How mounds are made matters: implications for seismic line restoration in peatlands
Presenter: Kimberly Kleinke, University of Waterloo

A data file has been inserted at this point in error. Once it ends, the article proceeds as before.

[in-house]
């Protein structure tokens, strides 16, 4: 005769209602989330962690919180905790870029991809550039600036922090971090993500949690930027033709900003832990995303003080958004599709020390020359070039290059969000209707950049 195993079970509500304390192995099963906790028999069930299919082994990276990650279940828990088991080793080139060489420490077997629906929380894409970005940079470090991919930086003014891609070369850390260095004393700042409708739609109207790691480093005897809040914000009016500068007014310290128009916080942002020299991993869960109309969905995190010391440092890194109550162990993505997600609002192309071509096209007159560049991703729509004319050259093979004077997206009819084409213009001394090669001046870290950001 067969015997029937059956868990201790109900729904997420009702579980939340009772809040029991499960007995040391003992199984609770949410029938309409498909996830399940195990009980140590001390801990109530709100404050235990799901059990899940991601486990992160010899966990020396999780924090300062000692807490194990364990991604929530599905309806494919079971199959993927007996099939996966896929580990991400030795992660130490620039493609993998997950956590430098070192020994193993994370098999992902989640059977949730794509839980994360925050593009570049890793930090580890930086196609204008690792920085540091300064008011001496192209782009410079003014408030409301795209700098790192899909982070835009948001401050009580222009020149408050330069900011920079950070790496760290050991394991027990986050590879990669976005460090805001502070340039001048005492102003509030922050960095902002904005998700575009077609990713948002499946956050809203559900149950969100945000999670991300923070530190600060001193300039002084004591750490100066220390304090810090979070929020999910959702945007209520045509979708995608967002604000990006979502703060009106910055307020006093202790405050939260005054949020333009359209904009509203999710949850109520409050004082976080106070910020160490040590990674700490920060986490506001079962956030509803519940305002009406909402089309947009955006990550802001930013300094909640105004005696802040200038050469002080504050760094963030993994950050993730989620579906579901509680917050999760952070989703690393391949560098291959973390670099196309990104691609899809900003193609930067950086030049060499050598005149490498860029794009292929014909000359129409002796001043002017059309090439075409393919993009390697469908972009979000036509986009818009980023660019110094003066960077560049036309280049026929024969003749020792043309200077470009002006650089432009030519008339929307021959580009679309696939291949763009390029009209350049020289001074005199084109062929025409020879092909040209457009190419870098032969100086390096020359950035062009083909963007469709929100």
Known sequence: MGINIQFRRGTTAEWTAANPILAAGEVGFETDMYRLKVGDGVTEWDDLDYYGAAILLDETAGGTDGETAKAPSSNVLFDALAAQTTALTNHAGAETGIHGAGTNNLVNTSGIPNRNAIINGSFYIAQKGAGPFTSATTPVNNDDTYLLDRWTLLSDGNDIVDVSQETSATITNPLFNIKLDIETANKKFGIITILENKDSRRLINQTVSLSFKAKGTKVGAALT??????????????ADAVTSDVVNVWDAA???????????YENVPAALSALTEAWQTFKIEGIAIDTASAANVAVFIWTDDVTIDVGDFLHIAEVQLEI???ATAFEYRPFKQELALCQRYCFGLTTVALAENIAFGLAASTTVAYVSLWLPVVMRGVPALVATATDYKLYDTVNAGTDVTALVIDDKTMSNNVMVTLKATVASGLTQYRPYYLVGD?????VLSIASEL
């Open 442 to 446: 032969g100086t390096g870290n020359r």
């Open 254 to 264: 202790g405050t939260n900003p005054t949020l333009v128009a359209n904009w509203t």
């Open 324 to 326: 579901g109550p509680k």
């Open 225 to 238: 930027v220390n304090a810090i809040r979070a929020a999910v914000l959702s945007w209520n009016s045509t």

The boreal forest of western Canada is fragmented by seismic lines created for oil and gas exploration. These linear disturbances have large-scale consequences for wildlife and other elements of ecosystem function. Currently, the most common method for seismic line restoration is mechanical mounding. Mechanical mounding uses a backhoe to dig and flip the peat to create mounds with the purpose of providing drier microsites for tree growth. In uplands, mechanical mounding has shown to improve tree growth and survival. In peatlands, however, this method of mounding also changes important peatland functions such as hydrology and ground-layer plant diversity. New mounding methods that keep the peat profile intact and preserve existing vegetation may improve substrate quality and peatland restoration success. To compare the effects of different mounding methods on substrate quality, we collected peat cores from two sites in Alberta. These were analyzed for C/N ratios, δ13C, δ15N, and Fourier transform infrared (FTIR) spectroscopy humification indices. Both sites represent several seismic lines crossing poor fens. One site was treated with mechanical mounding, while the other was treated with two new mounding methods that keep the peat profile intact. Mechanical mounding was found to create mounds with high degrees of decomposition, indicating lower substrate quality. There was no statistical difference in measured substrate properties between the new mounding methods and reference natural hummocks. By preserving the peat profile, new mounding methods may improve seismic line restoration by maintaining natural substrate quality.